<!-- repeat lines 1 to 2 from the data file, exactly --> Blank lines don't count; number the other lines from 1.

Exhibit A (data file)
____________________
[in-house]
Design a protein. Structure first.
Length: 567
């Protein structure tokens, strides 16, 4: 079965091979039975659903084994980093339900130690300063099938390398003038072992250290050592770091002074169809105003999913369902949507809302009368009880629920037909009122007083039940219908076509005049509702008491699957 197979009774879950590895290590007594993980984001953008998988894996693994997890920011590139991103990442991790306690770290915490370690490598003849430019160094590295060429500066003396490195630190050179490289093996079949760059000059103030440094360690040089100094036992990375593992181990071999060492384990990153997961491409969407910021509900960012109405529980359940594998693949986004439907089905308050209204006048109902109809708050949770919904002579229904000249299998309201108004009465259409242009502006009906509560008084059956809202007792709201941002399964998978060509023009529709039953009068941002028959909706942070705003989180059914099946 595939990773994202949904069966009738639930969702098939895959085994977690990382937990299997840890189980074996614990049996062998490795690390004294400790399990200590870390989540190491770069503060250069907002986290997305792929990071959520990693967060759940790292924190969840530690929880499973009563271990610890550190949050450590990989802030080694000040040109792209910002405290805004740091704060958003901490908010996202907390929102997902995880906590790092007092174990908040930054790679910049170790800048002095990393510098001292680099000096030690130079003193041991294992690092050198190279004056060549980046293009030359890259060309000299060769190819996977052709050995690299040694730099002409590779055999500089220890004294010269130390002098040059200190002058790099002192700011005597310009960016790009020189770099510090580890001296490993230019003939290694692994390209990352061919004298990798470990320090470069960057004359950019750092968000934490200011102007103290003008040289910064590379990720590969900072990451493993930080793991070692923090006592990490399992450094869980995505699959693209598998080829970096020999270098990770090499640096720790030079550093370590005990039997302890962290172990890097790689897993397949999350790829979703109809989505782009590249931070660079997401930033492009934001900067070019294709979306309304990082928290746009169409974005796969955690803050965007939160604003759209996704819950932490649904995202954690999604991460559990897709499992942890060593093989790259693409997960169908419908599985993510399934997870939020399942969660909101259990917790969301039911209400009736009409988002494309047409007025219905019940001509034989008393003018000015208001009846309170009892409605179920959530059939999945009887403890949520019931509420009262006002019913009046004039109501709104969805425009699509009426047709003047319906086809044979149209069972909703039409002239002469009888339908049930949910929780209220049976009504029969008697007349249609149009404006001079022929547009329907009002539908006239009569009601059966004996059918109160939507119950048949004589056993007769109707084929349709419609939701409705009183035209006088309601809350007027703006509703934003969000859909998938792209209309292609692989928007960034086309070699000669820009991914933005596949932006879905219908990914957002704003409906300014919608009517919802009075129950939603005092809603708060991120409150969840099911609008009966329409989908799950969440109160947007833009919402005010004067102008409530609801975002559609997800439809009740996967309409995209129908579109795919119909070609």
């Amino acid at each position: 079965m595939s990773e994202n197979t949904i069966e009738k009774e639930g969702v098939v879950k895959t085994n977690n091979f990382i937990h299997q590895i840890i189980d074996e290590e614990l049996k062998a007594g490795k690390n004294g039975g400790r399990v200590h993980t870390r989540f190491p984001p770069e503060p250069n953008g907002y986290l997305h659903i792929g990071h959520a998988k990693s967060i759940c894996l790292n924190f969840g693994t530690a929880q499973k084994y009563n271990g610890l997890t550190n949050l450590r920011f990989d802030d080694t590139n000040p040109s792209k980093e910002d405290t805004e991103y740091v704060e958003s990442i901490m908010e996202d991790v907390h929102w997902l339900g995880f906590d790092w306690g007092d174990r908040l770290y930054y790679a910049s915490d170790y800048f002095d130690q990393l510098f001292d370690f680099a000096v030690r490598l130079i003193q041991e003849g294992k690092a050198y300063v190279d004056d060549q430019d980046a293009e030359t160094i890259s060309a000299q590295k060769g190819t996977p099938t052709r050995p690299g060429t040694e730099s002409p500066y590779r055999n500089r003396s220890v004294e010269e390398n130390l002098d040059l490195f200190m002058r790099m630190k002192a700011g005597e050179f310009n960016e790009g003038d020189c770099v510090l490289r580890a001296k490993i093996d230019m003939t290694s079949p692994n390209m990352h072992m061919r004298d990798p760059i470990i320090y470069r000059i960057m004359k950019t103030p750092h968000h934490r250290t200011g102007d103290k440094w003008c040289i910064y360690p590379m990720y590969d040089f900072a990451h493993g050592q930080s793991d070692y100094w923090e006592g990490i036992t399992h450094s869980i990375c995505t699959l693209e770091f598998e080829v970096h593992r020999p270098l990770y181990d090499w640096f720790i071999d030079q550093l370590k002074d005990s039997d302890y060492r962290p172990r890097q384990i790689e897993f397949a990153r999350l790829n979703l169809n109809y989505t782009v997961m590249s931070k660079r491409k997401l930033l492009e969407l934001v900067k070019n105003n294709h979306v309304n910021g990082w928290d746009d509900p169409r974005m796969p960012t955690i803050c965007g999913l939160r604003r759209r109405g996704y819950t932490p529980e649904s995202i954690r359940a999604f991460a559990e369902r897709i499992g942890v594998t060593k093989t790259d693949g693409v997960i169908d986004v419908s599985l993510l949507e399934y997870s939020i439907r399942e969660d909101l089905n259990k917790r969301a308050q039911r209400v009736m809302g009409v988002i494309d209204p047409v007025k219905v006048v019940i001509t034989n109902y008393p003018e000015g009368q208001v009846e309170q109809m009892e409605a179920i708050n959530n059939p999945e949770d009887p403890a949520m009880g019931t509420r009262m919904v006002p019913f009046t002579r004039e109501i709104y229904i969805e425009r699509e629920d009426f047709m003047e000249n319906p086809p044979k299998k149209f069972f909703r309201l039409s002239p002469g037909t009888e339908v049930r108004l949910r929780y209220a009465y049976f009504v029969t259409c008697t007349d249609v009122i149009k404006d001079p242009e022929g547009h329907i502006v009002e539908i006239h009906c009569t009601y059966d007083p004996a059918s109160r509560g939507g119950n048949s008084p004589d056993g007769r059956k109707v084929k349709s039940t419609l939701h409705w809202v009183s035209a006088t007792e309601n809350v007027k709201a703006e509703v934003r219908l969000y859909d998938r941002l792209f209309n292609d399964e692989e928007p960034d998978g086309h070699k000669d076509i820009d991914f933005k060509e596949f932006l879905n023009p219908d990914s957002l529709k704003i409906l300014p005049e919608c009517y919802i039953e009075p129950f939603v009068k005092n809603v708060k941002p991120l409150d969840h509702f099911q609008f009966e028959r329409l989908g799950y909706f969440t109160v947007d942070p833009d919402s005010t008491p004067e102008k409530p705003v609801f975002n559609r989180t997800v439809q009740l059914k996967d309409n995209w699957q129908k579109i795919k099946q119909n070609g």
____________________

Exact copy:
[in-house]
Design a protein. Structure first.